Sarah’s story

As part of World AS Day on Saturday 6th May 2023, we are sharing stories from some of our community about their journey to diagnosis and their experience of living with axial SpA. 

Sarah shares her journey to diagnosis, how she has used swimming to help manage her symptoms and as a way to incorporate movement and exercise into her routine.

“I was diagnosed with axial SpA aged 37 after a year of rib pain and 6 months of limping with sacroiliac joint pain which was initially thought to be a pelvic stress fracture.  I am a GP and the pain and stiffness always felt inflammatory to me and I started to notice my hip would flare alongside my ribcage.  I saw a rheumatologist who made a clinical diagnosis of axial SpA and my MRI scan was in keeping with this.  A diagnosis that made sense was a relief and I am aware that many people, particularly women wait a lot longer than a year for the right diagnosis.

My children were young, aged 7 and 5 at the time, and I had been unable to join in a lot of active games/sports or comfortably play on the floor as it was so difficult to get up again.  I started taking the anti-inflammatory medication, etoricoxib, with good effect and felt I got my life back.  I also started swimming again. I have always been a swimmer but struggled to find time with young children. It felt so good!  I joined a swimming fitness class and have been grateful for the support and camaraderie.  The conversations I was having in the pool were so different to on dry land. The usual comments of ‘why are you limping/what have you done?’ followed by some well-meaning but not often helpful advice were replaced with ‘you swim beautifully’ and other general chat while my limp was hidden.

I was fortunate to enjoy around 4 years of being close to symptom free until Covid changed all of our lives.  My symptom control deteriorated.  I am not certain whether Covid is a factor or if this could be in keeping with the perimenopause.  This has prompted me to start looking into menopause and axial SpA.  I guess I was hoping to find that my symptoms may resolve or otherwise that HRT might help. Instead, I found a distinct lack of evidence, just a few anecdotal stories and limited data pointing towards oestrogen overall having anti-inflammatory properties but nothing conclusive.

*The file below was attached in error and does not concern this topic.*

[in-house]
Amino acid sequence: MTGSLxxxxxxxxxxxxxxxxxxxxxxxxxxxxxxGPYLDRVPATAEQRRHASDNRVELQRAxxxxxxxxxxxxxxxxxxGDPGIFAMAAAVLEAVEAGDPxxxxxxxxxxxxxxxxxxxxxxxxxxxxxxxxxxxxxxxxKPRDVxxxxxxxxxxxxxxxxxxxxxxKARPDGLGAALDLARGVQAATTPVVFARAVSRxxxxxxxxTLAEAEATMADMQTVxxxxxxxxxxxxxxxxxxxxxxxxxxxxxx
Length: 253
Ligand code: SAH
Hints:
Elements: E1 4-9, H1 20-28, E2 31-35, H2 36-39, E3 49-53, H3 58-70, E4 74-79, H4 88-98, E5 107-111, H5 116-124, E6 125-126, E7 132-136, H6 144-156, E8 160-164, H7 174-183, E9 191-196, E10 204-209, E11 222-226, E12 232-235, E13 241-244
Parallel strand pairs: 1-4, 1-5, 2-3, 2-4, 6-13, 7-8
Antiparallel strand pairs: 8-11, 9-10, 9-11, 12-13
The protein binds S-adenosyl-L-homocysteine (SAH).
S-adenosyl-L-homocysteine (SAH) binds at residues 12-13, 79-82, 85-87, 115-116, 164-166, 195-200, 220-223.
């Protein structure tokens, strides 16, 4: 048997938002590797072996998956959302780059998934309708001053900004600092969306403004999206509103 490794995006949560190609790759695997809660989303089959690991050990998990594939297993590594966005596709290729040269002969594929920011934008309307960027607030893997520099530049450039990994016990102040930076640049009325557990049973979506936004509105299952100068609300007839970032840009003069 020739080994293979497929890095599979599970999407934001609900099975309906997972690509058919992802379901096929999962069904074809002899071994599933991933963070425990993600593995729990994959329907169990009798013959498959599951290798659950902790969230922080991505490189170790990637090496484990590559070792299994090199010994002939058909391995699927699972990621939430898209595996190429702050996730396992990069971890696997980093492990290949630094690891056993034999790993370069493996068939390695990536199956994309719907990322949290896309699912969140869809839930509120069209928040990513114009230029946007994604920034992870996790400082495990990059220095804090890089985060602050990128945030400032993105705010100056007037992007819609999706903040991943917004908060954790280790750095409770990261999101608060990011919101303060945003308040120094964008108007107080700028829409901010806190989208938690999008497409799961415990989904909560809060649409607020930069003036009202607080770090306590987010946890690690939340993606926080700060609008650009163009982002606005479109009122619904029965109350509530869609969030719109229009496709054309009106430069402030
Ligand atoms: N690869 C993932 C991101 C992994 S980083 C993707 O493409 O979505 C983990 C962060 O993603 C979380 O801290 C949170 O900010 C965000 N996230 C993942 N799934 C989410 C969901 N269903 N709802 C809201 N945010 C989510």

I have decided now is the right time to start biologics but it would be useful to know more about how things are likely to change anyway over the next 10 years as my hormones change.  I am hopeful that the work NASS do could help fill this knowledge gap so women can make informed choices in the future.

With the swimming pools closed during Covid, I embraced the cold and became part of the 300% rise in wild swimming attributed to the pandemic.  I am of course completely hooked now!  For long distances, I use a wetsuit but I can enjoy dipping in ‘skins’ too. I took part in my first open water swimming events last September, 3k at Loch Lomond and 5k at Loch Morlich as part of the Go Swim series.  I thoroughly enjoyed the event atmosphere and am looking forward to pushing myself further this year with the ‘Scilly Swim Challenge’, along with my husband, and raising funds for NASS

This is a one-day event of 6 swims and 6 walks to complete a circuit of the beautiful Scilly Isles.  It is a total of 15km swimming between the islands and 10km walking across them.  This is very much a ‘When life gives you lemons…’ response to my axial SpA. I am so grateful to be able to swim in open water and using it to help manage my symptoms.”

If you would like to make a donation towards Sarah’s ‘Scilly Swim Challenge’, visit her Just Giving page.

Sarah's story

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